In an excerpt from a longer Chicago Tribute opinion piece, UCLA professor Sanford M. Jacoby argues that Japan's economy is back on track.
"So Japan is back, this time with China... Japan has technology; China has resources and skilled labor."
In the late 1970s and 1980s, before it plunged into an economic recession, Japan was big news in the United States. As Japanese manufacturers ate into America's market share, our producers whined that the Japanese were not playing fair. Yet American executives made regular trips to Japan to learn about quality production, just-in-time delivery and a host of other management practices. Harvard Professor Ezra Vogel captured the mood in his best-selling book, Japan As Number One: Lessons for America.
Japan is now back on the American radar screen. Toyota is on track to overtake General Motors as the world's largest automotive producer. Along with other Japanese auto firms, it has steadily gained market share in the United States and abroad. GM and Ford are in a quagmire, their credit ratings at junk-bond levels. You might think the Japanese are celebrating, but they are, in fact, worried about a protectionist backlash. “We need to give some time for American companies to take a breath,” Toyota Chairman Hiroshi Okuda told reporters last April.
Today's Japan is clearly not the same “Japan Inc.” of the 1980s. Its economy is less regulated than before, even though its core economic institutions — in business and in government — have changed only modestly. Trade with China is one reason that the news out of Japan these days is positive. Last year China displaced the United States as Japan's major trading partner. Japan has the advantage over U.S. and European manufacturers of proximity to the booming Chinese market. Another reason is that Japan has finally found the right set of policies to clean up its banking mess. During the Japanese recession, American investors and politicians told the Japanese that if they wanted growth, they would have to become more like us. In the 1990s that meant less government, more entrepreneurship and greater attention to shareholders. Yet corporate leaders like Toyota's Okuda and Fujio Mitarai of Canon Inc. have refused to accept the claim that there is one best way — the American way — of running a company. Most large Japanese companies continue to staff corporate boards with insiders, pay executives modestly and bend over backward to minimize layoffs.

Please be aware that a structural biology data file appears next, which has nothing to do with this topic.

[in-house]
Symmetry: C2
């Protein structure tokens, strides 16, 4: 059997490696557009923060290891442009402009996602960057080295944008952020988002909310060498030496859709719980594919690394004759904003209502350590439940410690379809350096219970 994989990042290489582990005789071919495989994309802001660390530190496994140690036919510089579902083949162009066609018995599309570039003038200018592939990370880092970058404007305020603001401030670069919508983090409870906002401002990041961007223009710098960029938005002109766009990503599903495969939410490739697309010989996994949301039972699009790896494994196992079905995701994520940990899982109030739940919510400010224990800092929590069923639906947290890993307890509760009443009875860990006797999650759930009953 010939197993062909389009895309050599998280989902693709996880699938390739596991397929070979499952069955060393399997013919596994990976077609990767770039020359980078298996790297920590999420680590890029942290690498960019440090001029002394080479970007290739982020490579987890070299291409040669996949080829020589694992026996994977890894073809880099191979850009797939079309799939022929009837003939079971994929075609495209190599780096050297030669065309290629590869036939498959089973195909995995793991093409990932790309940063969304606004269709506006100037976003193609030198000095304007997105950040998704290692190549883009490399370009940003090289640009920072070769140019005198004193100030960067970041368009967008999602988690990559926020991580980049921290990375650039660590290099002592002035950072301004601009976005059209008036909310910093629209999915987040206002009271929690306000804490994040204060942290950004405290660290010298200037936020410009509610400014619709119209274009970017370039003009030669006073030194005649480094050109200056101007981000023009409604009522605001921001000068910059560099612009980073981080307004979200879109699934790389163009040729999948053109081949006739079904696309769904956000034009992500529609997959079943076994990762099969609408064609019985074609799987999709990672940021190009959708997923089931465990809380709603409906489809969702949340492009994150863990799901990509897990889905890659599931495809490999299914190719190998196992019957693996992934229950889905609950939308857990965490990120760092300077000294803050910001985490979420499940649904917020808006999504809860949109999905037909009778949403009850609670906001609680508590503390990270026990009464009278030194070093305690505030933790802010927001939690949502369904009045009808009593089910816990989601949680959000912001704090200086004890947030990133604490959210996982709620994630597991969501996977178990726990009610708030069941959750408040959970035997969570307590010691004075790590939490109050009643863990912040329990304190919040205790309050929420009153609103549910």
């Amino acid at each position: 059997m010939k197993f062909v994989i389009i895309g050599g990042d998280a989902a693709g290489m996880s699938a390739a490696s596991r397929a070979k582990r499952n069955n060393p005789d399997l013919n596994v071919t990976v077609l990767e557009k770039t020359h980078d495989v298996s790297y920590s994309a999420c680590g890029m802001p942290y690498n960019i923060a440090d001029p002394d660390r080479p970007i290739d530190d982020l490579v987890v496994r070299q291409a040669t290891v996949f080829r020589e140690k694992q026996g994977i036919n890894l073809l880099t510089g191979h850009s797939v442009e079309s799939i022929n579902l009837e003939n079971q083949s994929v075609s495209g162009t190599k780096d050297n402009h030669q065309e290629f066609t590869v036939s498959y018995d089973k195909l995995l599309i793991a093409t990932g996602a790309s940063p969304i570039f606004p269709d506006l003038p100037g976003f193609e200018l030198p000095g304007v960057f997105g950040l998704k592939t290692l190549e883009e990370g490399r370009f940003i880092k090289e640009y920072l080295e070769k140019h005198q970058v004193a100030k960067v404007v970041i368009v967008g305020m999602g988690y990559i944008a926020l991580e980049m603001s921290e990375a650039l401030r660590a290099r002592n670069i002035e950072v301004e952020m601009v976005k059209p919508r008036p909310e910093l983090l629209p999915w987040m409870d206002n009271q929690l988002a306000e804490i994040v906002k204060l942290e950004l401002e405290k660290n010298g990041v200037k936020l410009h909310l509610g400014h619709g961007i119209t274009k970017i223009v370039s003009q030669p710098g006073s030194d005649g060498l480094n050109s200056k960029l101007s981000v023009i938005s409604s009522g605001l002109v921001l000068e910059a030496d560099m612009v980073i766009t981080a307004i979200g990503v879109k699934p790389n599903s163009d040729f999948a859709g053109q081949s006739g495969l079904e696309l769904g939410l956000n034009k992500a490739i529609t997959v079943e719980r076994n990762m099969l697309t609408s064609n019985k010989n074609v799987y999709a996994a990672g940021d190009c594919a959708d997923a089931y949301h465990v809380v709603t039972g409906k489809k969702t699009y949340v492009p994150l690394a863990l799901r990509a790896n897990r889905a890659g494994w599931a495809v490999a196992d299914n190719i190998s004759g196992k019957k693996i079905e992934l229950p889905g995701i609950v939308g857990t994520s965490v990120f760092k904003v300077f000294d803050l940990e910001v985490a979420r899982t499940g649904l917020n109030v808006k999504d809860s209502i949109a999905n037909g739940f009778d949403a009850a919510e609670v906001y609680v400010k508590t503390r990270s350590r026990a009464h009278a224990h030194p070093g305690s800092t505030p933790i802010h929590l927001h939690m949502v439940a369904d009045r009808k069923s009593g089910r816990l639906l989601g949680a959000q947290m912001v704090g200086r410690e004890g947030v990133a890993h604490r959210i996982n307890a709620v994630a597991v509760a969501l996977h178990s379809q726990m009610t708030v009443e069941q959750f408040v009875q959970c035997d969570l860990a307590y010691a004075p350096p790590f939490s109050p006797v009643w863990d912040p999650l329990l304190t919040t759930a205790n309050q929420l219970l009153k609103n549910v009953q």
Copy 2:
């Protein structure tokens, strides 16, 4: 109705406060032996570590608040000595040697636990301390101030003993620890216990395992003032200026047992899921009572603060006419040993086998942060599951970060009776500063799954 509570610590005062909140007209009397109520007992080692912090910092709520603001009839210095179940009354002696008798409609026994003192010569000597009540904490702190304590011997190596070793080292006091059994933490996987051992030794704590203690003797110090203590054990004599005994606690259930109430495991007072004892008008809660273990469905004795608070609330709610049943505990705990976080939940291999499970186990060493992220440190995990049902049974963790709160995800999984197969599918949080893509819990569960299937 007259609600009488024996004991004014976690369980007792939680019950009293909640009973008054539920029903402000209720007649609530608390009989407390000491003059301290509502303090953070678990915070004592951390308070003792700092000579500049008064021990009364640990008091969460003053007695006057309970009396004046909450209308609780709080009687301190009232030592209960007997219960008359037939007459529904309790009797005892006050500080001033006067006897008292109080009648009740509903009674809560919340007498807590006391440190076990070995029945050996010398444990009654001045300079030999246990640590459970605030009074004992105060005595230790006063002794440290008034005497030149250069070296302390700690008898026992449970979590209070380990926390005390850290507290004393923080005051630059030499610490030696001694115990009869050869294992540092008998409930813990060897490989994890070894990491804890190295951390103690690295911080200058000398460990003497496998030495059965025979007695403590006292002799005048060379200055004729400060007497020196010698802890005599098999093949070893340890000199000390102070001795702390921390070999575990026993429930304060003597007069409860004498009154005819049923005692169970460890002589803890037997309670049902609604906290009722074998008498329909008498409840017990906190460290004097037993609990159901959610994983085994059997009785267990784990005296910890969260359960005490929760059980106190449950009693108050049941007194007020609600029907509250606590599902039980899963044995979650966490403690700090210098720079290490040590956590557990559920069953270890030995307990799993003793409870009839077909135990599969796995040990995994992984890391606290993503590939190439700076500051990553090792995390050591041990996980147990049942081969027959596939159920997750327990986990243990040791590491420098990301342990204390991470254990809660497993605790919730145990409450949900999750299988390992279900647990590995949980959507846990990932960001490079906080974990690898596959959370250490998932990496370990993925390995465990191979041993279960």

So Japan is back, this time with China, another country whose institutions are different from ours. Despite recent anti-Japanese riots, the future will bring China and Japan closer: Japan has technology; China has resources and skilled labor. As Japan's Asian ties keep spreading (most recently to India), it has less incentive to placate American interests, whether in Washington or on Wall Street.
China and Japan share features that are an irritant to the United States: huge trade surpluses and undervalued currencies. Yet by investing their trade surpluses in dollars, both countries are funding America's budget deficits and keeping our interest rates down. Because of this, and because of Japan's ties to China, future U.S. trade friction with Japan (as is likely in automobiles) will be more difficult to resolve than in the past. One thing is clear: It was wrong to write the Japanese economy off in the 1990s; it is foolhardy to do so now.”
Sanford Jacoby is Howard Noble Professor of Management. His most recent book is The Embedded Corporation: Corporate Governance and Employment Relations in Japan and the United States (Princeton University Press, 2005). His research focuses on employment and labor policy, social welfare policy and the political economy of business-government relations. This excerpt was published in the June 28, 2005 edition of UCLA Today.